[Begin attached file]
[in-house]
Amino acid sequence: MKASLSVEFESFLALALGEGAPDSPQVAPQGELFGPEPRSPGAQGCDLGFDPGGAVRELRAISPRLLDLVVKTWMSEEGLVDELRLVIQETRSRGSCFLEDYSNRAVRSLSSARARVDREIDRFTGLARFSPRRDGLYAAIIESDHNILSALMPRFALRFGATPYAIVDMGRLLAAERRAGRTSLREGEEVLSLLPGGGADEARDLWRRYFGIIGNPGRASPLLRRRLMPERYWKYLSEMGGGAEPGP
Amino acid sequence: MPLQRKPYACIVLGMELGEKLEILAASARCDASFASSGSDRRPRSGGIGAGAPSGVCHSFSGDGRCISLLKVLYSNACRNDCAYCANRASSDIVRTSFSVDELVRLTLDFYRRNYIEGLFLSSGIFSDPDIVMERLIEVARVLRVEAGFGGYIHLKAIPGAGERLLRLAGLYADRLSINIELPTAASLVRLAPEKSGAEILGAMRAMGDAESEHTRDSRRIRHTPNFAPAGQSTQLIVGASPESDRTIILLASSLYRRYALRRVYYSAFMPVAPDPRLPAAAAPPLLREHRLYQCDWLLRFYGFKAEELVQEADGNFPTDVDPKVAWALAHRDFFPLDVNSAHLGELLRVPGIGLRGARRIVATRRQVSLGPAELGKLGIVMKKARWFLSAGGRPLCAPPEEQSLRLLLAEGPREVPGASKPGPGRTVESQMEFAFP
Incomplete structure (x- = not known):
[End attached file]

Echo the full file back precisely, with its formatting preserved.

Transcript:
[in-house]
Amino acid sequence: MKASLSVEFESFLALALGEGAPDSPQVAPQGELFGPEPRSPGAQGCDLGFDPGGAVRELRAISPRLLDLVVKTWMSEEGLVDELRLVIQETRSRGSCFLEDYSNRAVRSLSSARARVDREIDRFTGLARFSPRRDGLYAAIIESDHNILSALMPRFALRFGATPYAIVDMGRLLAAERRAGRTSLREGEEVLSLLPGGGADEARDLWRRYFGIIGNPGRASPLLRRRLMPERYWKYLSEMGGGAEPGP
Amino acid sequence: MPLQRKPYACIVLGMELGEKLEILAASARCDASFASSGSDRRPRSGGIGAGAPSGVCHSFSGDGRCISLLKVLYSNACRNDCAYCANRASSDIVRTSFSVDELVRLTLDFYRRNYIEGLFLSSGIFSDPDIVMERLIEVARVLRVEAGFGGYIHLKAIPGAGERLLRLAGLYADRLSINIELPTAASLVRLAPEKSGAEILGAMRAMGDAESEHTRDSRRIRHTPNFAPAGQSTQLIVGASPESDRTIILLASSLYRRYALRRVYYSAFMPVAPDPRLPAAAAPPLLREHRLYQCDWLLRFYGFKAEELVQEADGNFPTDVDPKVAWALAHRDFFPLDVNSAHLGELLRVPGIGLRGARRIVATRRQVSLGPAELGKLGIVMKKARWFLSAGGRPLCAPPEEQSLRLLLAEGPREVPGASKPGPGRTVESQMEFAFP
Incomplete structure (x- = not known):